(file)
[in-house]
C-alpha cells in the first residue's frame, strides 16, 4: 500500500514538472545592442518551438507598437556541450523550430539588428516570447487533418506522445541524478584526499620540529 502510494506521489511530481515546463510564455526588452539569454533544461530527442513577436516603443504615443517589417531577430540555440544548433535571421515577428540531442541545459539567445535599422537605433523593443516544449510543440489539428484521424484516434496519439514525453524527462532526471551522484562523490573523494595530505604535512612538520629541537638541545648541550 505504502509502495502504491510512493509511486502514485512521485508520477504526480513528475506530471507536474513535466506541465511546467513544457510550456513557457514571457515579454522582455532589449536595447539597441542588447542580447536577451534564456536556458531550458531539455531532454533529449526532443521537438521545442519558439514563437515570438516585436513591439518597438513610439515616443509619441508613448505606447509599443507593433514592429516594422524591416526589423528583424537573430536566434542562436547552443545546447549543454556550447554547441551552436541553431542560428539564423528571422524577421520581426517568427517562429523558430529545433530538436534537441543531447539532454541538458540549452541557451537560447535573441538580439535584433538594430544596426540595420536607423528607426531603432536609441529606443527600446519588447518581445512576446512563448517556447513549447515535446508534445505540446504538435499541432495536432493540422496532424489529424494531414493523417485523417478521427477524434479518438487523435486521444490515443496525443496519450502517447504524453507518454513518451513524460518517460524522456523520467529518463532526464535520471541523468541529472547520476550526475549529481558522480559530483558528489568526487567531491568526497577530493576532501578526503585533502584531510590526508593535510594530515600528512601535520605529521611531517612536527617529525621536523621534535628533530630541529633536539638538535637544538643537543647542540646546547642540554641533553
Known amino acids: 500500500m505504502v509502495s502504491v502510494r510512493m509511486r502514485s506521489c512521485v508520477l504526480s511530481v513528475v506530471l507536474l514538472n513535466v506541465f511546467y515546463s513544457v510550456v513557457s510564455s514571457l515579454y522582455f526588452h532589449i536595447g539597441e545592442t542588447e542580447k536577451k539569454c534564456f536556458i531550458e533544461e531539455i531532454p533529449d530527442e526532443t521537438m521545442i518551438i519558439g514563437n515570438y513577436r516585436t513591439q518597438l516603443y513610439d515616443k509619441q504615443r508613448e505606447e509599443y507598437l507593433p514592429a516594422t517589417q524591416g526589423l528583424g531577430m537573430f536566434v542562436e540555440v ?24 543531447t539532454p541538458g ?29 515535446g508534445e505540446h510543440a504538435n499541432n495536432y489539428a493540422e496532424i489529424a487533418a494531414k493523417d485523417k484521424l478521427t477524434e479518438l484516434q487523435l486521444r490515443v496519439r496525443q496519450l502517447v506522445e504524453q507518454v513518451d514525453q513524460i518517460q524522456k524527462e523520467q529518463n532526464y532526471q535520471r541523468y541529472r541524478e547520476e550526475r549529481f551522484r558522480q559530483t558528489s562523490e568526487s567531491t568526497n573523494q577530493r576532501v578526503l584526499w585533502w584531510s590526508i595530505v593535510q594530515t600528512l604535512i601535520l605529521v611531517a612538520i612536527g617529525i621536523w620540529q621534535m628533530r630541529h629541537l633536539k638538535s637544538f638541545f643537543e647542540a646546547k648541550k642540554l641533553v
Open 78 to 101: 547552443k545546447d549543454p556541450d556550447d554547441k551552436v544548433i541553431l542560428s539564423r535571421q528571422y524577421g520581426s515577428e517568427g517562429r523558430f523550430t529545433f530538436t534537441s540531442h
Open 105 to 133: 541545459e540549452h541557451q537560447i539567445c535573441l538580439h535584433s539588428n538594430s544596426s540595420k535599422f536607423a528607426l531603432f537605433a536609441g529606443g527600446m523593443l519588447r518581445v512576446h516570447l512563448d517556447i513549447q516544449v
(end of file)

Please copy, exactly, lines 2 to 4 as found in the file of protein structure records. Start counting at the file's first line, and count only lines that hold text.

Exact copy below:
C-alpha cells in the first residue's frame, strides 16, 4: 500500500514538472545592442518551438507598437556541450523550430539588428516570447487533418506522445541524478584526499620540529 502510494506521489511530481515546463510564455526588452539569454533544461530527442513577436516603443504615443517589417531577430540555440544548433535571421515577428540531442541545459539567445535599422537605433523593443516544449510543440489539428484521424484516434496519439514525453524527462532526471551522484562523490573523494595530505604535512612538520629541537638541545648541550 505504502509502495502504491510512493509511486502514485512521485508520477504526480513528475506530471507536474513535466506541465511546467513544457510550456513557457514571457515579454522582455532589449536595447539597441542588447542580447536577451534564456536556458531550458531539455531532454533529449526532443521537438521545442519558439514563437515570438516585436513591439518597438513610439515616443509619441508613448505606447509599443507593433514592429516594422524591416526589423528583424537573430536566434542562436547552443545546447549543454556550447554547441551552436541553431542560428539564423528571422524577421520581426517568427517562429523558430529545433530538436534537441543531447539532454541538458540549452541557451537560447535573441538580439535584433538594430544596426540595420536607423528607426531603432536609441529606443527600446519588447518581445512576446512563448517556447513549447515535446508534445505540446504538435499541432495536432493540422496532424489529424494531414493523417485523417478521427477524434479518438487523435486521444490515443496525443496519450502517447504524453507518454513518451513524460518517460524522456523520467529518463532526464535520471541523468541529472547520476550526475549529481558522480559530483558528489568526487567531491568526497577530493576532501578526503585533502584531510590526508593535510594530515600528512601535520605529521611531517612536527617529525621536523621534535628533530630541529633536539638538535637544538643537543647542540646546547642540554641533553
Known amino acids: 500500500m505504502v509502495s502504491v502510494r510512493m509511486r502514485s506521489c512521485v508520477l504526480s511530481v513528475v506530471l507536474l514538472n513535466v506541465f511546467y515546463s513544457v510550456v513557457s510564455s514571457l515579454y522582455f526588452h532589449i536595447g539597441e545592442t542588447e542580447k536577451k539569454c534564456f536556458i531550458e533544461e531539455i531532454p533529449d530527442e526532443t521537438m521545442i518551438i519558439g514563437n515570438y513577436r516585436t513591439q518597438l516603443y513610439d515616443k509619441q504615443r508613448e505606447e509599443y507598437l507593433p514592429a516594422t517589417q524591416g526589423l528583424g531577430m537573430f536566434v542562436e540555440v ?24 543531447t539532454p541538458g ?29 515535446g508534445e505540446h510543440a504538435n499541432n495536432y489539428a493540422e496532424i489529424a487533418a494531414k493523417d485523417k484521424l478521427t477524434e479518438l484516434q487523435l486521444r490515443v496519439r496525443q496519450l502517447v506522445e504524453q507518454v513518451d514525453q513524460i518517460q524522456k524527462e523520467q529518463n532526464y532526471q535520471r541523468y541529472r541524478e547520476e550526475r549529481f551522484r558522480q559530483t558528489s562523490e568526487s567531491t568526497n573523494q577530493r576532501v578526503l584526499w585533502w584531510s590526508i595530505v593535510q594530515t600528512l604535512i601535520l605529521v611531517a612538520i612536527g617529525i621536523w620540529q621534535m628533530r630541529h629541537l633536539k638538535s637544538f638541545f643537543e647542540a646546547k648541550k642540554l641533553v
Open 78 to 101: 547552443k545546447d549543454p556541450d556550447d554547441k551552436v544548433i541553431l542560428s539564423r535571421q528571422y524577421g520581426s515577428e517568427g517562429r523558430f523550430t529545433f530538436t534537441s540531442h